No deadline extension for MCC projects: SumarNepal will have to buckle up and complete projects undertaken with financial assistance received under Millennium Challenge Corporation (MCC) Compact Programme within the stipulated five-year period as there won’t be any extension to the deadline, a senior MCC official has said.
Nepal will have to buckle up and complete projects undertaken with financial assistance received under Millennium Challenge Corporation (MCC) Compact Programme within the stipulated five-year period as there won’t be any extension to the deadline, a senior MCC official has said.
Fatema Z Sumar, regional deputy vice president for Europe, Asia, the Pacific and Latin America in the MCC’s Development of Compact Operation, said the MCC would neither extend the deadline nor add a single dollar of US taxpayers in the event the projects are not completed in time.
Tallking to the Kathmandu Post, Sumar, who is currently on a Nepal visit to observe the status of preparations, said the MCC would undertake only those projects that have a reasonable chance of being completed in time. “We will clear the road first by holding extensive consultations with all the stakeholders. Once we find that a project will face no obstruction, we will move ahead to implement the project,” she said.
There will be a three-year project development phase and five-year implementation period. Though Nepal and MCC have decided to invest in transport and energy sectors, no projects have been finalised yet. Projects including the upgradation of Pakali-Kakarbhitta section of the East West Highway, Pokhara-Butwal section of Siddhartha Highway, 400KV Hetauda-Naubise-Damauli-Nawalp-arasi Transmission Line are under MCC’s consideration, according to the Office of the Millennium Challenge Nepal.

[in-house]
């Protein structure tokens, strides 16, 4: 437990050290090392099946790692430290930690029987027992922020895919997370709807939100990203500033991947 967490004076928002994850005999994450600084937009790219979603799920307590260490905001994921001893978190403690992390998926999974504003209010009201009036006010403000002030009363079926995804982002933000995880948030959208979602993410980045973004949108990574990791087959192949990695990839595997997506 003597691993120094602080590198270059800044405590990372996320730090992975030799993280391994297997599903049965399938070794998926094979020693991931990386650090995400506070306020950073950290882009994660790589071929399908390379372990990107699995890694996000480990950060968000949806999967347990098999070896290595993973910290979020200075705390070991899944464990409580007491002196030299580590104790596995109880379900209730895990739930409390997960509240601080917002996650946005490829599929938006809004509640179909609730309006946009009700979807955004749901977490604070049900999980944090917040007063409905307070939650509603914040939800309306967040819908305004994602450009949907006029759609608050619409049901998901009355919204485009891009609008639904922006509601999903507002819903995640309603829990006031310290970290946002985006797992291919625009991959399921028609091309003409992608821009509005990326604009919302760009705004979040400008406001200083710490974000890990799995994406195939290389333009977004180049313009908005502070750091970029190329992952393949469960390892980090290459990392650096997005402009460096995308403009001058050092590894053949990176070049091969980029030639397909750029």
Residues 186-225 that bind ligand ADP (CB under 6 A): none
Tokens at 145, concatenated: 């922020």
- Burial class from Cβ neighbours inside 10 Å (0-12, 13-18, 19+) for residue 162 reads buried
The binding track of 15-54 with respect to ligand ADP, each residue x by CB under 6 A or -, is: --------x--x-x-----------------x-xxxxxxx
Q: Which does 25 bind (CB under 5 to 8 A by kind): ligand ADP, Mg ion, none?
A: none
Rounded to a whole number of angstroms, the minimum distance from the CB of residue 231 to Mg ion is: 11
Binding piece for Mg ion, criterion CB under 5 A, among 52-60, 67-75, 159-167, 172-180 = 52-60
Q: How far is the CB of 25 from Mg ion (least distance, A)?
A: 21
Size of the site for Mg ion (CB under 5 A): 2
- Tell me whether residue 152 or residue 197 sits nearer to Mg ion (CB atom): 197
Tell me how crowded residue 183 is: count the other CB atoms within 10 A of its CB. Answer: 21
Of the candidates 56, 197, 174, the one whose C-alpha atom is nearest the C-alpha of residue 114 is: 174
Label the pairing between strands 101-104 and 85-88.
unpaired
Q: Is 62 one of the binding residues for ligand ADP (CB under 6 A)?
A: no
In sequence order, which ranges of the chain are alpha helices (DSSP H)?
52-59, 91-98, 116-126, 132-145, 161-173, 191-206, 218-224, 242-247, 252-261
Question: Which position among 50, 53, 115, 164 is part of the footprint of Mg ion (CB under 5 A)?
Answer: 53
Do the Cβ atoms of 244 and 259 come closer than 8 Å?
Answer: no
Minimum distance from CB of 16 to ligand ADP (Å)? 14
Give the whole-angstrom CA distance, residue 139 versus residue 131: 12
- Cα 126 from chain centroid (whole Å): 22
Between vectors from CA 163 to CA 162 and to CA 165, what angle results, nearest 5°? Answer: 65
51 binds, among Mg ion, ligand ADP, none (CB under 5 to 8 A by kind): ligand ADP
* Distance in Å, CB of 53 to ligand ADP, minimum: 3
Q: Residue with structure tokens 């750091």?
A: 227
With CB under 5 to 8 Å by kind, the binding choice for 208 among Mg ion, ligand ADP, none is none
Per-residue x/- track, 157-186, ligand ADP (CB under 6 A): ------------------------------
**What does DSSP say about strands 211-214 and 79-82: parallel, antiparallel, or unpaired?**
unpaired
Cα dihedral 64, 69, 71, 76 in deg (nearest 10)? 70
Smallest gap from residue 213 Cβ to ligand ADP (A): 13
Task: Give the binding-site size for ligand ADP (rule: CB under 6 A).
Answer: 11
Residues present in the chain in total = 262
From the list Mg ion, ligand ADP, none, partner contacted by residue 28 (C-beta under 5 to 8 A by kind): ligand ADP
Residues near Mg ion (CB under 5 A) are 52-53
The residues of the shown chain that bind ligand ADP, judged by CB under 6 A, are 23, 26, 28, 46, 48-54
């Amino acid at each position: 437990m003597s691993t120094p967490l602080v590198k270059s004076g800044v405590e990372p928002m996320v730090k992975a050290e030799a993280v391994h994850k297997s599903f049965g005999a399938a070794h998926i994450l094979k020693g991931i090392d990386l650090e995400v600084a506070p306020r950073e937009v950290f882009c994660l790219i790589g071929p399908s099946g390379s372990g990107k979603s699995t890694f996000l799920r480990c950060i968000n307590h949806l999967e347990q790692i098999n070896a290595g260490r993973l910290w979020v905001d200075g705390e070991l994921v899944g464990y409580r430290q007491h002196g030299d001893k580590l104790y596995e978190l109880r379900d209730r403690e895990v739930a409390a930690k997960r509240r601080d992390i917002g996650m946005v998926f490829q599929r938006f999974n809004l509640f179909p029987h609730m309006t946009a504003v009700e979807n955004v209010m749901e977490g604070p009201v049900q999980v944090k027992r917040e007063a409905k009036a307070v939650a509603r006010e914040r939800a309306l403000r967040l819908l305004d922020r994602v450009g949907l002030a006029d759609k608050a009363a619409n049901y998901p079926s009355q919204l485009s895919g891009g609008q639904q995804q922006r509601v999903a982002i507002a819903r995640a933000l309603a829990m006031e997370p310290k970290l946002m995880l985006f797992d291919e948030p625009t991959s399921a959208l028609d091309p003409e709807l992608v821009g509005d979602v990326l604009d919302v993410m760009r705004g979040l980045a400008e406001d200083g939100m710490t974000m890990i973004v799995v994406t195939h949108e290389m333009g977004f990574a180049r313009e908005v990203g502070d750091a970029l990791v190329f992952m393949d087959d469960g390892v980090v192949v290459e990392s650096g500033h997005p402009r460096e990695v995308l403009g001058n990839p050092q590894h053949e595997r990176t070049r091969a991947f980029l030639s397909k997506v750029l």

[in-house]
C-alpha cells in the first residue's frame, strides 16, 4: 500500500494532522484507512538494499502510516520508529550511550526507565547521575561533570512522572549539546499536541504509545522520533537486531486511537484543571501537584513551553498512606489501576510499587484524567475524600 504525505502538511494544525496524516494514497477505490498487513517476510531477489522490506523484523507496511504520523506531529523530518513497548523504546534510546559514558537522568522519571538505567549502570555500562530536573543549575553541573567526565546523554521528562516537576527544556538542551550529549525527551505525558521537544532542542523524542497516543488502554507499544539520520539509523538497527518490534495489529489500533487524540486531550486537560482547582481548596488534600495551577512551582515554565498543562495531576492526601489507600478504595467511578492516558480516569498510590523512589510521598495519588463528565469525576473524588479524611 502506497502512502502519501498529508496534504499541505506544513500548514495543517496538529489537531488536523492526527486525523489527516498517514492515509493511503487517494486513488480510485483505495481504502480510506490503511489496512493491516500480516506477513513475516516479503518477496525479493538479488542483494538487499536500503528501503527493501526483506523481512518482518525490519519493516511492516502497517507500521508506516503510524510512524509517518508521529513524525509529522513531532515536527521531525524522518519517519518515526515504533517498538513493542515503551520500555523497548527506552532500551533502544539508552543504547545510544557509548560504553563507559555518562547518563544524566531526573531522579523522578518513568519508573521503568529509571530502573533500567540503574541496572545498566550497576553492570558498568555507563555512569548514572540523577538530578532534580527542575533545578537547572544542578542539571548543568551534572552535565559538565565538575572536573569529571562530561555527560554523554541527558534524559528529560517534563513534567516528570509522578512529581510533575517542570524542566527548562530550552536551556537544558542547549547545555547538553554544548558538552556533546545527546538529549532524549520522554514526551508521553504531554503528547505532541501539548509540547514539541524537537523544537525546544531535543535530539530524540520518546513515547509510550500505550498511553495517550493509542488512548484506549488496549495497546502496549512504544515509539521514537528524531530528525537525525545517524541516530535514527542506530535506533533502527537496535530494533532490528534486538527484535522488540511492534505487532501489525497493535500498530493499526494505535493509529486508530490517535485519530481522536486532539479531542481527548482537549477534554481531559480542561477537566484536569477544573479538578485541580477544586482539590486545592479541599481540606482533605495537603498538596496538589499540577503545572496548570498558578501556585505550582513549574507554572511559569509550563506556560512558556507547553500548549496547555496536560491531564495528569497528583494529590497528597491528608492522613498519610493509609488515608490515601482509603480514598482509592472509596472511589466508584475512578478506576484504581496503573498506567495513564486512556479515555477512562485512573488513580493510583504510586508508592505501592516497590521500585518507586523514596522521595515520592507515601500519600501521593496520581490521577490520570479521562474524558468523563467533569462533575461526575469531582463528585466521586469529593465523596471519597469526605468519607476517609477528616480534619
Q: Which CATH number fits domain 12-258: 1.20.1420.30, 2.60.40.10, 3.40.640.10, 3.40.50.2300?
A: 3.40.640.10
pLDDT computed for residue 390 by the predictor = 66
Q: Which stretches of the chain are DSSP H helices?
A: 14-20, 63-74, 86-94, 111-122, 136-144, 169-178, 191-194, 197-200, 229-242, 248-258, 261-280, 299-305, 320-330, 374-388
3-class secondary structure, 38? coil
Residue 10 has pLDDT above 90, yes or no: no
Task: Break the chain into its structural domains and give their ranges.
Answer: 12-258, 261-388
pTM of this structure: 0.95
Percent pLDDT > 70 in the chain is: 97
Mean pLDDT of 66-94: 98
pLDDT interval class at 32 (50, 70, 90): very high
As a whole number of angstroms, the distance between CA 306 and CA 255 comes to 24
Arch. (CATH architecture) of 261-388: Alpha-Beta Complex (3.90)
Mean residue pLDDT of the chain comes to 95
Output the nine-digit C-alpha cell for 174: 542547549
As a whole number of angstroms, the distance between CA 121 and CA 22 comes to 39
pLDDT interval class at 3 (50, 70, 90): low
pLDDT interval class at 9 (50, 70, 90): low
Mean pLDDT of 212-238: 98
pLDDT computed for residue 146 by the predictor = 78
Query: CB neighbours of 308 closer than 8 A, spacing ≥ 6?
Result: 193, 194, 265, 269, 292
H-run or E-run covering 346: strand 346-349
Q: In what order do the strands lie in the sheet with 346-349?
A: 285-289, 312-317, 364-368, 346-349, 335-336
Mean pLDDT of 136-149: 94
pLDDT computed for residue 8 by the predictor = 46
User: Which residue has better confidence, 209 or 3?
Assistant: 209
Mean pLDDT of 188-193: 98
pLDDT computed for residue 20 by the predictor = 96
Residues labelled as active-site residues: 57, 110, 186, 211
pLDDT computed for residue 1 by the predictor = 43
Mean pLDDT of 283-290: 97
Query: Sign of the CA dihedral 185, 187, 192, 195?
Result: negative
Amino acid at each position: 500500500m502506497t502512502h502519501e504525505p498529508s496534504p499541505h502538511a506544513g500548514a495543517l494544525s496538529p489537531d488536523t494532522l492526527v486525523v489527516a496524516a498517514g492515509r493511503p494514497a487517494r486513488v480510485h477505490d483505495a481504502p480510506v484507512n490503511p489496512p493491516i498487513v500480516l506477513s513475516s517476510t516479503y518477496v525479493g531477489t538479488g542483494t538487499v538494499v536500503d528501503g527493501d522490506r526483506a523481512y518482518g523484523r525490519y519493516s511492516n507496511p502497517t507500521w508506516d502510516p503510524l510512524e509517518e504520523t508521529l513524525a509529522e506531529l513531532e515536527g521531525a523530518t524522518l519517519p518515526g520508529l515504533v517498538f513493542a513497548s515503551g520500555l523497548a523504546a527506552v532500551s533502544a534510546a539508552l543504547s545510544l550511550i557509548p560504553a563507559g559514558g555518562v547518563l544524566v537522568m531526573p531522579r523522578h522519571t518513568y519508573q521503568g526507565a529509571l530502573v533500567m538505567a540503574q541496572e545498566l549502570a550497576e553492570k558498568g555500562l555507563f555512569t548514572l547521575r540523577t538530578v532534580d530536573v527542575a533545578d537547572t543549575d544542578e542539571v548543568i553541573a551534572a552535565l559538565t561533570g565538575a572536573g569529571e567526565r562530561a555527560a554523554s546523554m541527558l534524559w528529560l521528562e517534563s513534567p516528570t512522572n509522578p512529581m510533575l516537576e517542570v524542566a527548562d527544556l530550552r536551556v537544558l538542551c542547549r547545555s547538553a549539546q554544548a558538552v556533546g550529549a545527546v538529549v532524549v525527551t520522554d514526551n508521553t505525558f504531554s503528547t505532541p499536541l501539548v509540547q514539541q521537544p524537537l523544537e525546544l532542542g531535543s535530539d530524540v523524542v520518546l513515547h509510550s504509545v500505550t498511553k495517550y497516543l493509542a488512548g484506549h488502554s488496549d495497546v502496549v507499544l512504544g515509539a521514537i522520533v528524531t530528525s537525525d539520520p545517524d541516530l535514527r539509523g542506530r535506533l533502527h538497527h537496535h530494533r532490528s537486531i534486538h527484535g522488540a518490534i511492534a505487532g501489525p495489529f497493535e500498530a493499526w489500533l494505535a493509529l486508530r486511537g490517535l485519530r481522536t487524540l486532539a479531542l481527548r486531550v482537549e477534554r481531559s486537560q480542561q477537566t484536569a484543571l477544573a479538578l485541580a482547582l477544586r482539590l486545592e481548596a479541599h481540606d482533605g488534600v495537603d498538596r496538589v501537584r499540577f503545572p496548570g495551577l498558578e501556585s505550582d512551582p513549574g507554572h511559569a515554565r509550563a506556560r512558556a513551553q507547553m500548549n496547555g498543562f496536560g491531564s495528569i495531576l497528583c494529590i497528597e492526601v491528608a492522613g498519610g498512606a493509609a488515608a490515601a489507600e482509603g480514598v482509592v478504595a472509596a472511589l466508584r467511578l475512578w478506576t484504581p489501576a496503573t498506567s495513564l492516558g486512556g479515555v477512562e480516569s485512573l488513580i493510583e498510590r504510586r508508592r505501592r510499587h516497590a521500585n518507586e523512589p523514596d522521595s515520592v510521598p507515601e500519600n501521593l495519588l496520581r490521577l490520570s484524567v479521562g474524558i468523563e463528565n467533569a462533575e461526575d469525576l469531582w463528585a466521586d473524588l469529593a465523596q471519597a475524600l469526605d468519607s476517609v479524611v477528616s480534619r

Although it had also put the Kathmandu-Tarai Fast Track project among potential projects initially, it has been removed from the list. “We will not invest in the Fast Track Project under current circumstances,” Sumar confirmed.
According to the MCC, feasibility study of the potential projects will begin this spring. Once a project is finalised, the MCC board will have to approve it.
At a time when most of the infrastructure projects are facing delays due to delayed public procurement and other problems such as land acquisition and trouble with local stakeholders, MCC has said any risks will be assessed first and tackled before the project implementation begins. “There will be physical and technical oversight of the progress made in the projects,” said Sumar. Given the government procurement process being blamed for delays in project implementation, the projects to be developed
under MCC will not follow Nepal’s Public Procurement Act. According to Sumar, there is a procurement guideline of MCC, which will be followed.
MCC has not yet revealed the exact amount Nepal will receive under the Compact Programme. Although
Nepali officials had been saying the country could receive aid in the range of $350 million to $700 million, Sumar clarified nothing has yet been decided yet.
Nepal was selected under MCC Compact Programme in December 2014 and the MCC board reselected Nepal for continuation of the programme in January 2015. The large five-year programme is given to a country that is committed to good governance, economic freedom and investment in the citizens.